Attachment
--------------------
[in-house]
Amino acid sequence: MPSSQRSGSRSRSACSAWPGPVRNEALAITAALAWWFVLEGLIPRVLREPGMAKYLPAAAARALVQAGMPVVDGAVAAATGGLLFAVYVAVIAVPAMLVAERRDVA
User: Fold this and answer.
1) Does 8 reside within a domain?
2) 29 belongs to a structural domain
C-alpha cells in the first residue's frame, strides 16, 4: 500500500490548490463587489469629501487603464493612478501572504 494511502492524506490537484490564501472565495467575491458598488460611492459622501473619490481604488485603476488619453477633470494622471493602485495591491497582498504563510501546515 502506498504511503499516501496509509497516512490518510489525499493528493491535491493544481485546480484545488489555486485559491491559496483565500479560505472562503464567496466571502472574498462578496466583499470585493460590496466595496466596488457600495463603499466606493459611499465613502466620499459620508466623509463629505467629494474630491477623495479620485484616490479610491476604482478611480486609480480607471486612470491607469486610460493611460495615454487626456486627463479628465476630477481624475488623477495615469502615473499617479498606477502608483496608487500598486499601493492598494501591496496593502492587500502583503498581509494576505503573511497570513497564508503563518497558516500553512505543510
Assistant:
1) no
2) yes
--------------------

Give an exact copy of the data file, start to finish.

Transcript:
[in-house]
Amino acid sequence: MPSSQRSGSRSRSACSAWPGPVRNEALAITAALAWWFVLEGLIPRVLREPGMAKYLPAAAARALVQAGMPVVDGAVAAATGGLLFAVYVAVIAVPAMLVAERRDVA
User: Fold this and answer.
1) Does 8 reside within a domain?
2) 29 belongs to a structural domain
C-alpha cells in the first residue's frame, strides 16, 4: 500500500490548490463587489469629501487603464493612478501572504 494511502492524506490537484490564501472565495467575491458598488460611492459622501473619490481604488485603476488619453477633470494622471493602485495591491497582498504563510501546515 502506498504511503499516501496509509497516512490518510489525499493528493491535491493544481485546480484545488489555486485559491491559496483565500479560505472562503464567496466571502472574498462578496466583499470585493460590496466595496466596488457600495463603499466606493459611499465613502466620499459620508466623509463629505467629494474630491477623495479620485484616490479610491476604482478611480486609480480607471486612470491607469486610460493611460495615454487626456486627463479628465476630477481624475488623477495615469502615473499617479498606477502608483496608487500598486499601493492598494501591496496593502492587500502583503498581509494576505503573511497570513497564508503563518497558516500553512505543510
Assistant:
1) no
2) yes